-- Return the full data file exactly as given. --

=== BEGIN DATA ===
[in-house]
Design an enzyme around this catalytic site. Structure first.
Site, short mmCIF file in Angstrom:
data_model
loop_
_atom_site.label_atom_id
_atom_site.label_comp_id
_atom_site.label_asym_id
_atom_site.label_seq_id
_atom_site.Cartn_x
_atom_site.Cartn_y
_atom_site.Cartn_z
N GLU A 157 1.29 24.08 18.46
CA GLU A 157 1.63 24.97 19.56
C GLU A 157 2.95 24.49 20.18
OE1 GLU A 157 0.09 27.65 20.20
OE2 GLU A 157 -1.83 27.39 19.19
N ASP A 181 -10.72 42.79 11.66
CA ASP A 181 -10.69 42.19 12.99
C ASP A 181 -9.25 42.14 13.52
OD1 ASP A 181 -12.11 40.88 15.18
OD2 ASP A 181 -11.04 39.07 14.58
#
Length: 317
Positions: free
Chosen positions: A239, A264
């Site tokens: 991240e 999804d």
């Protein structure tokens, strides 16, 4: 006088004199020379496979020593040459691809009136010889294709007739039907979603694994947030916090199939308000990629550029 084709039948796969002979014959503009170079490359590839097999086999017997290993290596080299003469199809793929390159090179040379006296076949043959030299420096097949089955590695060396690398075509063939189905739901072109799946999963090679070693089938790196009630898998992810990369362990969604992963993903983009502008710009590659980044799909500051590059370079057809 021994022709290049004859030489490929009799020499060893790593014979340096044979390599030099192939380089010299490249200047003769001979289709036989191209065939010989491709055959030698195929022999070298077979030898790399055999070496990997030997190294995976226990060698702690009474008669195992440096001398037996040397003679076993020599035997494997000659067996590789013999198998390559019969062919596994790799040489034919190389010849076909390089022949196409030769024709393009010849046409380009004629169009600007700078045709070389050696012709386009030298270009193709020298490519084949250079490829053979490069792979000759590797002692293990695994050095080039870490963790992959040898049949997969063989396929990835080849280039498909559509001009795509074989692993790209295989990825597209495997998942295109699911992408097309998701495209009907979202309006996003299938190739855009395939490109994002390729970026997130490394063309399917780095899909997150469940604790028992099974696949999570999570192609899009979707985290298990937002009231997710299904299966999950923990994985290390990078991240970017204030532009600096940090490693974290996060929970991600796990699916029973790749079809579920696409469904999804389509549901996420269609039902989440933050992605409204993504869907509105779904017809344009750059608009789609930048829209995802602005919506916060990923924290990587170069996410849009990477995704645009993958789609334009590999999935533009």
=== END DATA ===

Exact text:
[in-house]
Design an enzyme around this catalytic site. Structure first.
Site, short mmCIF file in Angstrom:
data_model
loop_
_atom_site.label_atom_id
_atom_site.label_comp_id
_atom_site.label_asym_id
_atom_site.label_seq_id
_atom_site.Cartn_x
_atom_site.Cartn_y
_atom_site.Cartn_z
N GLU A 157 1.29 24.08 18.46
CA GLU A 157 1.63 24.97 19.56
C GLU A 157 2.95 24.49 20.18
OE1 GLU A 157 0.09 27.65 20.20
OE2 GLU A 157 -1.83 27.39 19.19
N ASP A 181 -10.72 42.79 11.66
CA ASP A 181 -10.69 42.19 12.99
C ASP A 181 -9.25 42.14 13.52
OD1 ASP A 181 -12.11 40.88 15.18
OD2 ASP A 181 -11.04 39.07 14.58
#
Length: 317
Positions: free
Chosen positions: A239, A264
């Site tokens: 991240e 999804d």
């Protein structure tokens, strides 16, 4: 006088004199020379496979020593040459691809009136010889294709007739039907979603694994947030916090199939308000990629550029 084709039948796969002979014959503009170079490359590839097999086999017997290993290596080299003469199809793929390159090179040379006296076949043959030299420096097949089955590695060396690398075509063939189905739901072109799946999963090679070693089938790196009630898998992810990369362990969604992963993903983009502008710009590659980044799909500051590059370079057809 021994022709290049004859030489490929009799020499060893790593014979340096044979390599030099192939380089010299490249200047003769001979289709036989191209065939010989491709055959030698195929022999070298077979030898790399055999070496990997030997190294995976226990060698702690009474008669195992440096001398037996040397003679076993020599035997494997000659067996590789013999198998390559019969062919596994790799040489034919190389010849076909390089022949196409030769024709393009010849046409380009004629169009600007700078045709070389050696012709386009030298270009193709020298490519084949250079490829053979490069792979000759590797002692293990695994050095080039870490963790992959040898049949997969063989396929990835080849280039498909559509001009795509074989692993790209295989990825597209495997998942295109699911992408097309998701495209009907979202309006996003299938190739855009395939490109994002390729970026997130490394063309399917780095899909997150469940604790028992099974696949999570999570192609899009979707985290298990937002009231997710299904299966999950923990994985290390990078991240970017204030532009600096940090490693974290996060929970991600796990699916029973790749079809579920696409469904999804389509549901996420269609039902989440933050992605409204993504869907509105779904017809344009750059608009789609930048829209995802602005919506916060990923924290990587170069996410849009990477995704645009993958789609334009590999999935533009």